Finance Finance News Shock jobless figures shift debate
Updated:

Shock jobless figures shift debate

A file photo of Centrelink signage
Share
Twitter Facebook Reddit Pinterest Email

A surprise surge in full-time jobs has pushed the unemployment rate down to 6.1 per cent, sparking a fresh debate about the likelihood of any imminent interest rate cuts by the Reserve Bank.

The economy added a whopping 37,000 jobs in December, much better than the 5,000 jobs economists were expecting, bringing the number of employed Australians to 11.7 million.

Older workers face jobless future
Fall in copper price raises concern for global growth 

That rise was mainly driven by full-time jobs, which rose by 41,000, while part-time employment fell by 4,000, according to figures from the Australian Bureau of Statistics on Thursday.

The upbeat data gave the Australian dollar a shot in the arm, with the currency jumping as high as 82.21 US cents following its release.

It also came moments after ANZ became the third of Australia’s big four banks to backtrack on its earlier interest rate forecasts, swapping two rate hikes in 2015 for two cuts.

ANZ now expects the RBA to cut the cash rate to two per cent in the first half of the year.

But other economists, including CommSec chief economist Craig James, said the strong jobs figures meant interest rates were firmly on hold.

“It’s a very encouraging result for the economy, with back-to-back jobs growth and the expectation of further job gains given the data we’ve seen on job advertisements and vacancies,” he said.

“We’ve also got a housing market which continues to fire and falls in petrol prices which boosts business revenues and consumer spending, so the outlook is pretty good.”

JP Morgan economist Ben Jarman said the strong figures diminished the chances of an imminent rate cut, although he expects RBA governor Glenn Stevens to adopt a more cautious tone given recent sharp falls in commodity prices.

It was still premature to say the unemployment rate had peaked.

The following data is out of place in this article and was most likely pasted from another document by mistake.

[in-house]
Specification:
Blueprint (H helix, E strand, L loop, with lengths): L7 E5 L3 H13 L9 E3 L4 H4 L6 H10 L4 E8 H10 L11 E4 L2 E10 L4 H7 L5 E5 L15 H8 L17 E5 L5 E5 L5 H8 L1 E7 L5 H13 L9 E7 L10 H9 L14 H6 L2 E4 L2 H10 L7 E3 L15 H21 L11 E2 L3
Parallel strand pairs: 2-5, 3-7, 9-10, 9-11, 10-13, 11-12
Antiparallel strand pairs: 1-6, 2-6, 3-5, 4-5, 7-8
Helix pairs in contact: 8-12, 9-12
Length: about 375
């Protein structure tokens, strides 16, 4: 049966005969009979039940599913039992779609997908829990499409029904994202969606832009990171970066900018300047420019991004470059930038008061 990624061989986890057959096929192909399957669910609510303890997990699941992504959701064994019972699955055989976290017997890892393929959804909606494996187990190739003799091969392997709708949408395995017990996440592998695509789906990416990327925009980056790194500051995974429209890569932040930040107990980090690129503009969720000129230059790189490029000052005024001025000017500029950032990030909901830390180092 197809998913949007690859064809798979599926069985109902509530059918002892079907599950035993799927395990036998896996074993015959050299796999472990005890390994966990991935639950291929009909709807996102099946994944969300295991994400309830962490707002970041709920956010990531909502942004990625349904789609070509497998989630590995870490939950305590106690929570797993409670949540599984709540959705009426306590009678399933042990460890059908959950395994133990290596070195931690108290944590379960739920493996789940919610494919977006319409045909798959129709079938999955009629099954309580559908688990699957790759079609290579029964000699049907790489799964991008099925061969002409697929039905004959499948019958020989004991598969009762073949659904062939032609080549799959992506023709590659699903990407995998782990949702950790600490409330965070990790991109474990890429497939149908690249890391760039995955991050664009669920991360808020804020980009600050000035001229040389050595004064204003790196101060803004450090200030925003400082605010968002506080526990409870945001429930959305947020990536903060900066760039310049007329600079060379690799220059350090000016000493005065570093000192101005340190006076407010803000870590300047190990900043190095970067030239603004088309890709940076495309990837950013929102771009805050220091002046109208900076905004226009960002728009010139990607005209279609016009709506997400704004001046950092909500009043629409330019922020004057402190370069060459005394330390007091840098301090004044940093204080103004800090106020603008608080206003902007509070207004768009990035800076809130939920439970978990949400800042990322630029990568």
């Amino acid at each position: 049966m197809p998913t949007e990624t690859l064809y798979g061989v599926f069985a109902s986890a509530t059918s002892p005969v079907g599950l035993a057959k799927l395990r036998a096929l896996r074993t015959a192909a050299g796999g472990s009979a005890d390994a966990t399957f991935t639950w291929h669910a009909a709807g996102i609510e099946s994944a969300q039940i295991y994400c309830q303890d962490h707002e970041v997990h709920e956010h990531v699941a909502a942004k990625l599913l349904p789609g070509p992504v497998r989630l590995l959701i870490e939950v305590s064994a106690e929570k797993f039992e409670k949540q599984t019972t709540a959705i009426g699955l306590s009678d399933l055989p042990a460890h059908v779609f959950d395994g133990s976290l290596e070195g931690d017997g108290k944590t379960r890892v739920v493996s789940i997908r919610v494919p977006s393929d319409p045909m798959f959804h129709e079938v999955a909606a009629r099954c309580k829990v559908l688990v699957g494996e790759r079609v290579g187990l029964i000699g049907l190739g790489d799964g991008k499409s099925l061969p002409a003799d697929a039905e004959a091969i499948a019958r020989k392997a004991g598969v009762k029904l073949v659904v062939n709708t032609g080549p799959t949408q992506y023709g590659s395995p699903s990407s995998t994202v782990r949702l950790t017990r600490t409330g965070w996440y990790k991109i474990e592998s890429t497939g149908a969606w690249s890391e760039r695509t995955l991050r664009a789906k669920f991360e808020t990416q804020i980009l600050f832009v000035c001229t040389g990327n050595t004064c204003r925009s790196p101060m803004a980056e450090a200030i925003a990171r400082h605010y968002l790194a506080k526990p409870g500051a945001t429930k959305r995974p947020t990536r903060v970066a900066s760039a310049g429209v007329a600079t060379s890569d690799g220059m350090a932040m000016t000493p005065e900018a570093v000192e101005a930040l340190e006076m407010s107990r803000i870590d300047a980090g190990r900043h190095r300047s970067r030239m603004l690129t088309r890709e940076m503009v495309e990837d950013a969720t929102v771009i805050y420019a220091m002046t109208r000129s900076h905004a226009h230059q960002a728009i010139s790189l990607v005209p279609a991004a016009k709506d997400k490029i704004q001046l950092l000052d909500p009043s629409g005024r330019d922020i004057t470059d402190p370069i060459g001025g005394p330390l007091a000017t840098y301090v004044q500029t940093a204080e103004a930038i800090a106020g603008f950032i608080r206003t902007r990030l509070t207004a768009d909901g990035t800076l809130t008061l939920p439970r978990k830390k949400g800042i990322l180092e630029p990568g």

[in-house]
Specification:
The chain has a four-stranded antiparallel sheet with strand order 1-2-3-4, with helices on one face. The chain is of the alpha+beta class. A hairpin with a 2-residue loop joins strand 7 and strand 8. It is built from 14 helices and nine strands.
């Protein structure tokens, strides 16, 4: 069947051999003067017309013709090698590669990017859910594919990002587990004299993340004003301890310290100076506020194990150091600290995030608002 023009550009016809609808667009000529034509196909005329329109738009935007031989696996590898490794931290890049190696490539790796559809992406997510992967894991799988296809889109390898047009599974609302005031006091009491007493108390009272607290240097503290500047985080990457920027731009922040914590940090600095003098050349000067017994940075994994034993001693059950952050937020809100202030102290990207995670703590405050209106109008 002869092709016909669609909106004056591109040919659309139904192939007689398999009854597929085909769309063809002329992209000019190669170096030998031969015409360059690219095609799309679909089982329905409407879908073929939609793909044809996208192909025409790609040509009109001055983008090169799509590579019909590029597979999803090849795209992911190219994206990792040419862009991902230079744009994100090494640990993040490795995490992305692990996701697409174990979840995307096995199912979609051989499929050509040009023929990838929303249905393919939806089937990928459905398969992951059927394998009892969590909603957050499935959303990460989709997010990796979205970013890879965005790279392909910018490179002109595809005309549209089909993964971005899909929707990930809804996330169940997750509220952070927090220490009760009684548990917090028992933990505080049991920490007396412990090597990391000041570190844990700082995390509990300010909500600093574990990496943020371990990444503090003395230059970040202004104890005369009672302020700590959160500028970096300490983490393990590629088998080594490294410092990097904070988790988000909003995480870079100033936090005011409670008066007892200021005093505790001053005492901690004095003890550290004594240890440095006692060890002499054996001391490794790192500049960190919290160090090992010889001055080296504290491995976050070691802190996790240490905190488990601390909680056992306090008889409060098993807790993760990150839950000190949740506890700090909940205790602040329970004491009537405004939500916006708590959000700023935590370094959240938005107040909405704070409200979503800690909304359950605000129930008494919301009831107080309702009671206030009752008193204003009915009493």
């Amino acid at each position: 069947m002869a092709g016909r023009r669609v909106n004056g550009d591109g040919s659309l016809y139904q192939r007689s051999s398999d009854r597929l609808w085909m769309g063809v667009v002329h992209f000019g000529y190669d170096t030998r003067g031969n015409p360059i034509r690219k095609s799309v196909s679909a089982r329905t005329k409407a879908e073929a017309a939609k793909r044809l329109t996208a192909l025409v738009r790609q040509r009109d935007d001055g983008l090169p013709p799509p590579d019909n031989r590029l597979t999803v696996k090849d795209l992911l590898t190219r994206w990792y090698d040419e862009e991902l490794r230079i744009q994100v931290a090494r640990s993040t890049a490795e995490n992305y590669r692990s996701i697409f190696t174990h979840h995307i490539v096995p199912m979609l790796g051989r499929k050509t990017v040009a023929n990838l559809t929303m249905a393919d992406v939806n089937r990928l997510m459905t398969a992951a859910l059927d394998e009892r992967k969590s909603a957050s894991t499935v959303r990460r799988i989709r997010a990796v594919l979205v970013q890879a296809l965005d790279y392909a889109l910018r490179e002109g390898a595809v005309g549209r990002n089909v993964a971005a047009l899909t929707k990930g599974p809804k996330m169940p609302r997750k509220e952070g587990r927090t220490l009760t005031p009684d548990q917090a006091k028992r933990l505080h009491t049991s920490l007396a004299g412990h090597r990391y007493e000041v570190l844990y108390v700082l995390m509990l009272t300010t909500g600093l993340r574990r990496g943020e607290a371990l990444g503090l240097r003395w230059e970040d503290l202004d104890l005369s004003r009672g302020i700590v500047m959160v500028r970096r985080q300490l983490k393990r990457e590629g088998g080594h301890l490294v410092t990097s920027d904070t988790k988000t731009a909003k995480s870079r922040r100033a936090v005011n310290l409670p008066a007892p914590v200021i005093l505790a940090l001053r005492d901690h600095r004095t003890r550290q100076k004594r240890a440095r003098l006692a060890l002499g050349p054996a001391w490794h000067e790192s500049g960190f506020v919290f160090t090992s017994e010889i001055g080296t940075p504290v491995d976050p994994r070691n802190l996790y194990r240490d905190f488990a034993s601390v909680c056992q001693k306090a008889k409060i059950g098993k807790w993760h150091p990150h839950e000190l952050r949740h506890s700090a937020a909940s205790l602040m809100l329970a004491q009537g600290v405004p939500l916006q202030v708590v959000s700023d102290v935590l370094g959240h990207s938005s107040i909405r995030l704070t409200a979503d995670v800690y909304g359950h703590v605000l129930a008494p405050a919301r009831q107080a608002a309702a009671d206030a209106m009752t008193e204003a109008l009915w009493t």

“This report probably does overstate the momentum and strength in the labour market a bit, because it does appear that growth dropped a gear in the later part of the year,” Mr Jarman said.

“For the RBA, today’s numbers make it unlikely that the board will start the year with a bang by cutting rates in February, a prospect markets had been flirting with recently.”

ANZ said the better-than-expected figures should be characterised as a pause in the deterioration of the labour market, with expectations that unemployment will hit 6.6 per cent this year, forcing the RBA to cut.

“For the RBA, today’s figures are encouraging,” ANZ senior economist Riki Polygenis said.

“However the reality remains that the recovery in the non-mining economy has been slower to eventuate than expected and the sharp fall in energy prices creates more space for the inflation-targeting central bank to support the domestic economy.”

Westpac and NAB have also forecast two rate cuts in 2015 while Commonwealth Bank pushed its expectations for a rate hike out to early 2016, instead of 2015.

STATE BY STATE UNEMPLOYMENT RATES IN DEC:

* NSW – 5.9pct down from 6.0pct in Nov

* Vic – 6.5pct down from 6.8pct

* Qld – 6.1pct down from 6.8pct

* SA – 6.5pct down from 6.6pct

* WA – 6.0pct up from 5.3pct

* Tas – 6.7pct down from 6.9pct

Source: ABS (seasonally adjusted)